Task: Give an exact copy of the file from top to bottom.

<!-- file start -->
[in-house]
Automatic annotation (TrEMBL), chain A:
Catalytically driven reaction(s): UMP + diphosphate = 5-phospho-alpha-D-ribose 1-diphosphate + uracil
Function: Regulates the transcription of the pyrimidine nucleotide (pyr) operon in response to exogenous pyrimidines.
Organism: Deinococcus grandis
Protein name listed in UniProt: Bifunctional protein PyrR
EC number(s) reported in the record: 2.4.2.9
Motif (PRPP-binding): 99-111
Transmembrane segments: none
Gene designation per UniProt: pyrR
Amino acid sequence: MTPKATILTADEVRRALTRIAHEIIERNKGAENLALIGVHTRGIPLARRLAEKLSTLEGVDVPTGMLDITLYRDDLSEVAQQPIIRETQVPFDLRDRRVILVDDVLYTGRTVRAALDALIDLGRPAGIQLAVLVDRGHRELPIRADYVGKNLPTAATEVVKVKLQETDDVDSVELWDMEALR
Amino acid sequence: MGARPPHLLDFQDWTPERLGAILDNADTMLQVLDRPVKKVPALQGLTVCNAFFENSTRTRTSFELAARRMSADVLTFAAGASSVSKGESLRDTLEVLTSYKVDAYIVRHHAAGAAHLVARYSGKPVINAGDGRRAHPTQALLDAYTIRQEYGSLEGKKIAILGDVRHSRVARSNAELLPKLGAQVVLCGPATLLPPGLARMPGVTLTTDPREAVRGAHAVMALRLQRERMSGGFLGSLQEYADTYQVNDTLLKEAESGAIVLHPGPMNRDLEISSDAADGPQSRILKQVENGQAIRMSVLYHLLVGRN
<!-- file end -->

[in-house]
Automatic annotation (TrEMBL), chain A:
Catalytically driven reaction(s): UMP + diphosphate = 5-phospho-alpha-D-ribose 1-diphosphate + uracil
Function: Regulates the transcription of the pyrimidine nucleotide (pyr) operon in response to exogenous pyrimidines.
Organism: Deinococcus grandis
Protein name listed in UniProt: Bifunctional protein PyrR
EC number(s) reported in the record: 2.4.2.9
Motif (PRPP-binding): 99-111
Transmembrane segments: none
Gene designation per UniProt: pyrR
Amino acid sequence: MTPKATILTADEVRRALTRIAHEIIERNKGAENLALIGVHTRGIPLARRLAEKLSTLEGVDVPTGMLDITLYRDDLSEVAQQPIIRETQVPFDLRDRRVILVDDVLYTGRTVRAALDALIDLGRPAGIQLAVLVDRGHRELPIRADYVGKNLPTAATEVVKVKLQETDDVDSVELWDMEALR
Amino acid sequence: MGARPPHLLDFQDWTPERLGAILDNADTMLQVLDRPVKKVPALQGLTVCNAFFENSTRTRTSFELAARRMSADVLTFAAGASSVSKGESLRDTLEVLTSYKVDAYIVRHHAAGAAHLVARYSGKPVINAGDGRRAHPTQALLDAYTIRQEYGSLEGKKIAILGDVRHSRVARSNAELLPKLGAQVVLCGPATLLPPGLARMPGVTLTTDPREAVRGAHAVMALRLQRERMSGGFLGSLQEYADTYQVNDTLLKEAESGAIVLHPGPMNRDLEISSDAADGPQSRILKQVENGQAIRMSVLYHLLVGRN